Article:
Cost-benefit analyses are frequently a cure for insomnia – read a page or two and you’re fast asleep. But in fact, we’re constantly performing these analyses in everyday decision-making. At this very moment you might be considering the deliciousness of a pumpkin cranberry muffin vs. an extra hour on the elliptical.
As everyone who has ever tried to lose a few pounds will testify, enthusiasm can cloud a cost-benefit analysis. (That yummy muffin can be worked off in only 15 minutes, right?) For the past few years, the federal government has been quite enthusiastic about switching from paper documents to digital records. Now at least one agency, the National Archives and Records Administration (NARA), is taking a strictly impartial look at the costs and the benefits of their transition to digital documents.
As the nation’s recordkeeper, NARA is in charge of storing a wide range of documents, everything from the Declaration of Independence to historical photographs, correspondence, and even a few designs for flying saucers. For many years the agency maintained vast “filing farms” where all these paper documents were stored and retrieved as needed.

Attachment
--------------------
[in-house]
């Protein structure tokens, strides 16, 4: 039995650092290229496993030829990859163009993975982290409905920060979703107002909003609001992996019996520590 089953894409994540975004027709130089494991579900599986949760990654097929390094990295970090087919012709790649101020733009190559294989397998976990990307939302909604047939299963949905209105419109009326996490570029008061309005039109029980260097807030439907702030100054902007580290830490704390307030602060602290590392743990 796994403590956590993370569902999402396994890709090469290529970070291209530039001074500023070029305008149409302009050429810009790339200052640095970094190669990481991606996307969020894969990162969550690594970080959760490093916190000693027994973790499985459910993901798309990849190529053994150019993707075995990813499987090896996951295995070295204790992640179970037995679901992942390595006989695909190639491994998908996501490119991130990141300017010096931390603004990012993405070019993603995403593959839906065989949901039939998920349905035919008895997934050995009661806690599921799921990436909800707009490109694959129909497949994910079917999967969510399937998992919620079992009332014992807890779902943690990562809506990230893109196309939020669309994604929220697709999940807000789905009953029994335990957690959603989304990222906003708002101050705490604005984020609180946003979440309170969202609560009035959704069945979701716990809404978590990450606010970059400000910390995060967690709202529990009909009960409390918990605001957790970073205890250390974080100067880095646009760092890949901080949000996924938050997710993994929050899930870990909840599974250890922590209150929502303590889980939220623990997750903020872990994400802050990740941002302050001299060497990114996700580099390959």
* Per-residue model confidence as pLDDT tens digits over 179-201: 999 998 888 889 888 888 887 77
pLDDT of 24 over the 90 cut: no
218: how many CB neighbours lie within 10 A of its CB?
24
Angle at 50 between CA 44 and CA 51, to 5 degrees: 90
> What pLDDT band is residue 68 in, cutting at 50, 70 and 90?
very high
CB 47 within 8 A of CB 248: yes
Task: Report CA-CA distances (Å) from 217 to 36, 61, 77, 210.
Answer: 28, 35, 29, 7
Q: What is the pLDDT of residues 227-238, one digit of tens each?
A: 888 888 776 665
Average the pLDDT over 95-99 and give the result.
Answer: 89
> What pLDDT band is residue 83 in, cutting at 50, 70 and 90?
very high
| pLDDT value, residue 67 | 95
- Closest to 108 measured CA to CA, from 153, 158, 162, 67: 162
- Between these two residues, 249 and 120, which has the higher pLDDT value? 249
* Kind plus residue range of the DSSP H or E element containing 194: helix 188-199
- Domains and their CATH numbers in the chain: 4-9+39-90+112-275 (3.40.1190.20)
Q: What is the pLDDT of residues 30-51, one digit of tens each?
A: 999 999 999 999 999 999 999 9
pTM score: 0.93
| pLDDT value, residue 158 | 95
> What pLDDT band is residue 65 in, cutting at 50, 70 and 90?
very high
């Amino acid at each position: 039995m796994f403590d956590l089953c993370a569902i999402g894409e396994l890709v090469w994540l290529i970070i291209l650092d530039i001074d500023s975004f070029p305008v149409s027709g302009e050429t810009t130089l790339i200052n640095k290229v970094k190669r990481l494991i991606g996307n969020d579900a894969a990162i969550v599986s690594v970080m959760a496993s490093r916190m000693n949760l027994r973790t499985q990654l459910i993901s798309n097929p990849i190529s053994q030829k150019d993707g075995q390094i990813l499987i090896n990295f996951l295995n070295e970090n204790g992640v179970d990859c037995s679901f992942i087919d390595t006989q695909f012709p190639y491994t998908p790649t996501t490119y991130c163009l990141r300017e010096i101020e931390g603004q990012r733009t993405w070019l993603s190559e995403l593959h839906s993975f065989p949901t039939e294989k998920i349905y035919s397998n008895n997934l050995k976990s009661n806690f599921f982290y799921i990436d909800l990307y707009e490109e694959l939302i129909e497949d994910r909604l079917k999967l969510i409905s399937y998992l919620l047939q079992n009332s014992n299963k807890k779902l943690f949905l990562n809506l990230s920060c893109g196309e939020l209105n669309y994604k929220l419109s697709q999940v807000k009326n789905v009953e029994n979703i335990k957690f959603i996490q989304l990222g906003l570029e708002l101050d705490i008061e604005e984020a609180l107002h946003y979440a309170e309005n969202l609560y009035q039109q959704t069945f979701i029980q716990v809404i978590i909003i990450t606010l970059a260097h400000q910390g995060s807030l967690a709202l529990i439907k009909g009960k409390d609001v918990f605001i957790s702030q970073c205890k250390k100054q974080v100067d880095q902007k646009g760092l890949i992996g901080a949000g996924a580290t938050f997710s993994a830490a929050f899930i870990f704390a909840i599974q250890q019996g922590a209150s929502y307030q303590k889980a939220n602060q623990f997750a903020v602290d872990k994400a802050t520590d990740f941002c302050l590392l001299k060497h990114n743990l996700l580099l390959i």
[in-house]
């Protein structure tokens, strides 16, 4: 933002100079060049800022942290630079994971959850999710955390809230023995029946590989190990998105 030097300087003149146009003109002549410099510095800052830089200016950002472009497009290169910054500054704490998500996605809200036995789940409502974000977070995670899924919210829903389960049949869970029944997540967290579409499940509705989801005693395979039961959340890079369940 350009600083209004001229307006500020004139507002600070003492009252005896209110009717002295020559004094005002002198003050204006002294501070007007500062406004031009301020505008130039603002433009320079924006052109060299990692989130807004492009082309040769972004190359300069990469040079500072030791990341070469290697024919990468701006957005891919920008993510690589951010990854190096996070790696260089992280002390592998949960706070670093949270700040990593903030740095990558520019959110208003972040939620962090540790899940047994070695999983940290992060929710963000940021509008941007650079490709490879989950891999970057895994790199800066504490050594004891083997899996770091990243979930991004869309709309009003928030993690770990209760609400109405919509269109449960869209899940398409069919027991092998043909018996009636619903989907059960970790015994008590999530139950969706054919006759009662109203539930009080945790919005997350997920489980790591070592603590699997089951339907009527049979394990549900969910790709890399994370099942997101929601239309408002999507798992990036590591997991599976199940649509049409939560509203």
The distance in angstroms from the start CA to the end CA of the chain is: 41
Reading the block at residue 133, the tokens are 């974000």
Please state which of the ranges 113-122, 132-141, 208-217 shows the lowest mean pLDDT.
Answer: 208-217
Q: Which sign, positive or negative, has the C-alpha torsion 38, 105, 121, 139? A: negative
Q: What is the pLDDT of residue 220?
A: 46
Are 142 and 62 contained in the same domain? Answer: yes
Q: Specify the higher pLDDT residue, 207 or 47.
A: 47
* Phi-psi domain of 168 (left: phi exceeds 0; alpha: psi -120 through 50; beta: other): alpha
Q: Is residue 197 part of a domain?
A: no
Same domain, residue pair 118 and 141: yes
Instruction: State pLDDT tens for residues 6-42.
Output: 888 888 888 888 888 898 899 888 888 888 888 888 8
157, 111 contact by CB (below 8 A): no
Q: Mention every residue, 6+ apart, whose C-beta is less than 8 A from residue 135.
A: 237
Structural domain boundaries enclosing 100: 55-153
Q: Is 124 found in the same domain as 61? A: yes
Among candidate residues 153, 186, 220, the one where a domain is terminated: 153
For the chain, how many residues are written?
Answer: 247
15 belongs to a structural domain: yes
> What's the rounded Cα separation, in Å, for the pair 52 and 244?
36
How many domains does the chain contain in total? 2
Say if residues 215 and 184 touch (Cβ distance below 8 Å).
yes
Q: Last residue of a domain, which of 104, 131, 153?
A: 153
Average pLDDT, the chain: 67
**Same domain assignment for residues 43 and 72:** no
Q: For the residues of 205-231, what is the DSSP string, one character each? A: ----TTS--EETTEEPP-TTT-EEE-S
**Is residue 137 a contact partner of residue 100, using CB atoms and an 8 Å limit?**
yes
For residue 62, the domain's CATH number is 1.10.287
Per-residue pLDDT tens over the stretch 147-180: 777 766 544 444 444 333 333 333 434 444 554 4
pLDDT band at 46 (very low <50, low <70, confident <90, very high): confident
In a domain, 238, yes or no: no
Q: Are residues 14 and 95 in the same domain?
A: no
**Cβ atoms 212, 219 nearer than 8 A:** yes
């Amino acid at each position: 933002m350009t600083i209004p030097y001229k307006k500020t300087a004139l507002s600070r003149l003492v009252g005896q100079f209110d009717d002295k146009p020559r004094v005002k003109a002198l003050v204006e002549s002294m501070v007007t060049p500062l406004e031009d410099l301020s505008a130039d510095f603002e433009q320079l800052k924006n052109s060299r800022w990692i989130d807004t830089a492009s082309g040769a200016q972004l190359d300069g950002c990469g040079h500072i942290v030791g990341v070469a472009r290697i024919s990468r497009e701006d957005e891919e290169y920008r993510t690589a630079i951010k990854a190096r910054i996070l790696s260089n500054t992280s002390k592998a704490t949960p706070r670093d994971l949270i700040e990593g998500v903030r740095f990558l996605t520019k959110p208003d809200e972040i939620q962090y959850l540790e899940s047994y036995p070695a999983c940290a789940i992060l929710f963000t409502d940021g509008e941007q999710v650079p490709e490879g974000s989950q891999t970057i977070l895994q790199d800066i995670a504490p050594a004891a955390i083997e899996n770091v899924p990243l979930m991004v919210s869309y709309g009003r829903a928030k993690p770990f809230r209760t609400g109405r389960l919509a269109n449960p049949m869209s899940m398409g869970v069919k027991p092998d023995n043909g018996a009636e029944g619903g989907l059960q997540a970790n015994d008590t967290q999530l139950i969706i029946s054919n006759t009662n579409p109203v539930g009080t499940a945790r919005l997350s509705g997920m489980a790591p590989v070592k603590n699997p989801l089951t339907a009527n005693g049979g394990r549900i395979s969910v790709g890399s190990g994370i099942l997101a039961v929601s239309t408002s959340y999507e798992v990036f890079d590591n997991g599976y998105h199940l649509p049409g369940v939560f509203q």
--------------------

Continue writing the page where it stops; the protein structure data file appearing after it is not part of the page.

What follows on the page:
The advent of email spurred the development of e-document archives and document conversion policies, with NARA leading the way as the federal government’s document storage experts. Now NARA is reviewing the costs and benefits of digital document storage, and guiding other agencies in their own document conversions and management. In an interview by FederalNewsNetwork.com, Lisa Haralumpus, NARA’s director of records management and outreach, reports that transitioning to digital documents doesn’t necessarily save money in direct costs, but there are significant indirect cost savings to be found.
For their fellow agencies, the National Archives has devised a handy digital conversion cost-benefit analysis guide that covers recurring costs such as IT staff and software costs, and non-recurring costs like hardware purchases and consultant services. Benefits include the value of document authenticity, speed of retrieval, and decreased physical storage costs. Haralumpus also recommends that agencies look for ways to share storage services to lower their costs even further.
It’s worth mentioning that this cost-benefit analysis guide isn’t only for governmental agencies. It can just as easily be applied to non-governmental organizations looking for ways to lower their document management and storage costs. But for public sector and private sector alike, a solid cost-benefit analysis is the start of the decision-making process, whether you’re deciding on document conversion or muffins.
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